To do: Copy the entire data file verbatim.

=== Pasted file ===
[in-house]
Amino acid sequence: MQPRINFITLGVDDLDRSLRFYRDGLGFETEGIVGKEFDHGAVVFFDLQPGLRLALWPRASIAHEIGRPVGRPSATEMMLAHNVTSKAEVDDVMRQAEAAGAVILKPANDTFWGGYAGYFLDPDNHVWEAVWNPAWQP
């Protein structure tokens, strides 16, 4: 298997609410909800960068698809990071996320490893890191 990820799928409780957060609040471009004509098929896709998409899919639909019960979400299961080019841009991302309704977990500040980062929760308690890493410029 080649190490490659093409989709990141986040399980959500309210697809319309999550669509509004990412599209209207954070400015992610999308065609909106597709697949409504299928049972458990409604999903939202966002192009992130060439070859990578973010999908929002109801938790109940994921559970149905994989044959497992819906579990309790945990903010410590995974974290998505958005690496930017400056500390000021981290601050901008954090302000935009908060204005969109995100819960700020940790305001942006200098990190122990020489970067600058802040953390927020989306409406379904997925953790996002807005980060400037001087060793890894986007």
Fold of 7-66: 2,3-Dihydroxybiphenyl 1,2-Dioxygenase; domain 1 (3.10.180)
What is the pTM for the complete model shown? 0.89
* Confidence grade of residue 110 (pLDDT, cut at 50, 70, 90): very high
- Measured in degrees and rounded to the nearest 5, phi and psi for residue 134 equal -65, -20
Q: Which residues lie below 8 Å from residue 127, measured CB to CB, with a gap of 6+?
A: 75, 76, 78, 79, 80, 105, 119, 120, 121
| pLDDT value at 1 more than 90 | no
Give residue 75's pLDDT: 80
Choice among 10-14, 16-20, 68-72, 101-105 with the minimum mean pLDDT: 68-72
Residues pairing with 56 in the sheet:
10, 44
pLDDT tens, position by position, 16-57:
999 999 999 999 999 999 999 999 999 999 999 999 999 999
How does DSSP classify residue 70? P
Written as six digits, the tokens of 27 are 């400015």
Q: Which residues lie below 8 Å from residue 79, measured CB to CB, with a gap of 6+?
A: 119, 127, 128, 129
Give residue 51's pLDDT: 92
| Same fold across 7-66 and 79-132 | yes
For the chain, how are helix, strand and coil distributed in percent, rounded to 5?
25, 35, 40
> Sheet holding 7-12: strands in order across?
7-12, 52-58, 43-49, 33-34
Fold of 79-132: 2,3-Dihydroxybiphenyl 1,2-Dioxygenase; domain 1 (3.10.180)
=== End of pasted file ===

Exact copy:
[in-house]
Amino acid sequence: MQPRINFITLGVDDLDRSLRFYRDGLGFETEGIVGKEFDHGAVVFFDLQPGLRLALWPRASIAHEIGRPVGRPSATEMMLAHNVTSKAEVDDVMRQAEAAGAVILKPANDTFWGGYAGYFLDPDNHVWEAVWNPAWQP
């Protein structure tokens, strides 16, 4: 298997609410909800960068698809990071996320490893890191 990820799928409780957060609040471009004509098929896709998409899919639909019960979400299961080019841009991302309704977990500040980062929760308690890493410029 080649190490490659093409989709990141986040399980959500309210697809319309999550669509509004990412599209209207954070400015992610999308065609909106597709697949409504299928049972458990409604999903939202966002192009992130060439070859990578973010999908929002109801938790109940994921559970149905994989044959497992819906579990309790945990903010410590995974974290998505958005690496930017400056500390000021981290601050901008954090302000935009908060204005969109995100819960700020940790305001942006200098990190122990020489970067600058802040953390927020989306409406379904997925953790996002807005980060400037001087060793890894986007």
Fold of 7-66: 2,3-Dihydroxybiphenyl 1,2-Dioxygenase; domain 1 (3.10.180)
What is the pTM for the complete model shown? 0.89
* Confidence grade of residue 110 (pLDDT, cut at 50, 70, 90): very high
- Measured in degrees and rounded to the nearest 5, phi and psi for residue 134 equal -65, -20
Q: Which residues lie below 8 Å from residue 127, measured CB to CB, with a gap of 6+?
A: 75, 76, 78, 79, 80, 105, 119, 120, 121
| pLDDT value at 1 more than 90 | no
Give residue 75's pLDDT: 80
Choice among 10-14, 16-20, 68-72, 101-105 with the minimum mean pLDDT: 68-72
Residues pairing with 56 in the sheet:
10, 44
pLDDT tens, position by position, 16-57:
999 999 999 999 999 999 999 999 999 999 999 999 999 999
How does DSSP classify residue 70? P
Written as six digits, the tokens of 27 are 């400015």
Q: Which residues lie below 8 Å from residue 79, measured CB to CB, with a gap of 6+?
A: 119, 127, 128, 129
Give residue 51's pLDDT: 92
| Same fold across 7-66 and 79-132 | yes
For the chain, how are helix, strand and coil distributed in percent, rounded to 5?
25, 35, 40
> Sheet holding 7-12: strands in order across?
7-12, 52-58, 43-49, 33-34
Fold of 79-132: 2,3-Dihydroxybiphenyl 1,2-Dioxygenase; domain 1 (3.10.180)